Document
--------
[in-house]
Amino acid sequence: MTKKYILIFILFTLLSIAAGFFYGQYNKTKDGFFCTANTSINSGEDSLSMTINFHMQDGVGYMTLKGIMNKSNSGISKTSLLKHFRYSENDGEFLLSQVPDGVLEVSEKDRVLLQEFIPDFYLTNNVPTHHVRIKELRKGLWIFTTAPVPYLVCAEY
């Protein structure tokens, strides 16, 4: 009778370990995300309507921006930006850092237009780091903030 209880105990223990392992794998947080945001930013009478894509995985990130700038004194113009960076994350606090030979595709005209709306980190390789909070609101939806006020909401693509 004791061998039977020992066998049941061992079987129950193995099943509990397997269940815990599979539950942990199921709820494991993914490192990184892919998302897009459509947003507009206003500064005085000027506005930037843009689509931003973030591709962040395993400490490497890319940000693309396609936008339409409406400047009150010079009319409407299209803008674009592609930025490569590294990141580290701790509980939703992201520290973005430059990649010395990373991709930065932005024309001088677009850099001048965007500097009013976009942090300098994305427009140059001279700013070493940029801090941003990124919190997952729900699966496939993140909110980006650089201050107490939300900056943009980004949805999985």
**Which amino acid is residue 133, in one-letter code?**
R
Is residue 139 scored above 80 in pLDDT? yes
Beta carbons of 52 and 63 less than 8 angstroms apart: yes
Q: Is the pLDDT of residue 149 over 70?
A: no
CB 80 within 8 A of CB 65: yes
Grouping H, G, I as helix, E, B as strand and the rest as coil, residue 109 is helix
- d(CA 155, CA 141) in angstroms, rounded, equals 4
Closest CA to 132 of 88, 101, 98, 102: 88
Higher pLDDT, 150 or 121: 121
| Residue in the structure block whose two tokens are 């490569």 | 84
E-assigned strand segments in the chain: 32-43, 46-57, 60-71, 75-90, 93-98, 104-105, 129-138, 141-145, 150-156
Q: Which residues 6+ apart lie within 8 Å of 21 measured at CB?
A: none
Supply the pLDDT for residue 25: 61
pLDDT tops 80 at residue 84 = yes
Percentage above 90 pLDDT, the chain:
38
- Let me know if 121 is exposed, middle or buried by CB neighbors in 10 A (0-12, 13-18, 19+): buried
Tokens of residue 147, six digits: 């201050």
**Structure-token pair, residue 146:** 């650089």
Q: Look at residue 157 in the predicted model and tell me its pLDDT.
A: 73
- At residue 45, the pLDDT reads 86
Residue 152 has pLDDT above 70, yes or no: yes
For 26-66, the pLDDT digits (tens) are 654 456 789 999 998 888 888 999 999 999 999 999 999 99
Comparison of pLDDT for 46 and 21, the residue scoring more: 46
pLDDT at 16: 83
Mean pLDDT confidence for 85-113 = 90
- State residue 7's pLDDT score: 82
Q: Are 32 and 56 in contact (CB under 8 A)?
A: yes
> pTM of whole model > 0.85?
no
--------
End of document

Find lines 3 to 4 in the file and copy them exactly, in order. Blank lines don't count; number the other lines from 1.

């Protein structure tokens, strides 16, 4: 009778370990995300309507921006930006850092237009780091903030 209880105990223990392992794998947080945001930013009478894509995985990130700038004194113009960076994350606090030979595709005209709306980190390789909070609101939806006020909401693509 004791061998039977020992066998049941061992079987129950193995099943509990397997269940815990599979539950942990199921709820494991993914490192990184892919998302897009459509947003507009206003500064005085000027506005930037843009689509931003973030591709962040395993400490490497890319940000693309396609936008339409409406400047009150010079009319409407299209803008674009592609930025490569590294990141580290701790509980939703992201520290973005430059990649010395990373991709930065932005024309001088677009850099001048965007500097009013976009942090300098994305427009140059001279700013070493940029801090941003990124919190997952729900699966496939993140909110980006650089201050107490939300900056943009980004949805999985």
**Which amino acid is residue 133, in one-letter code?**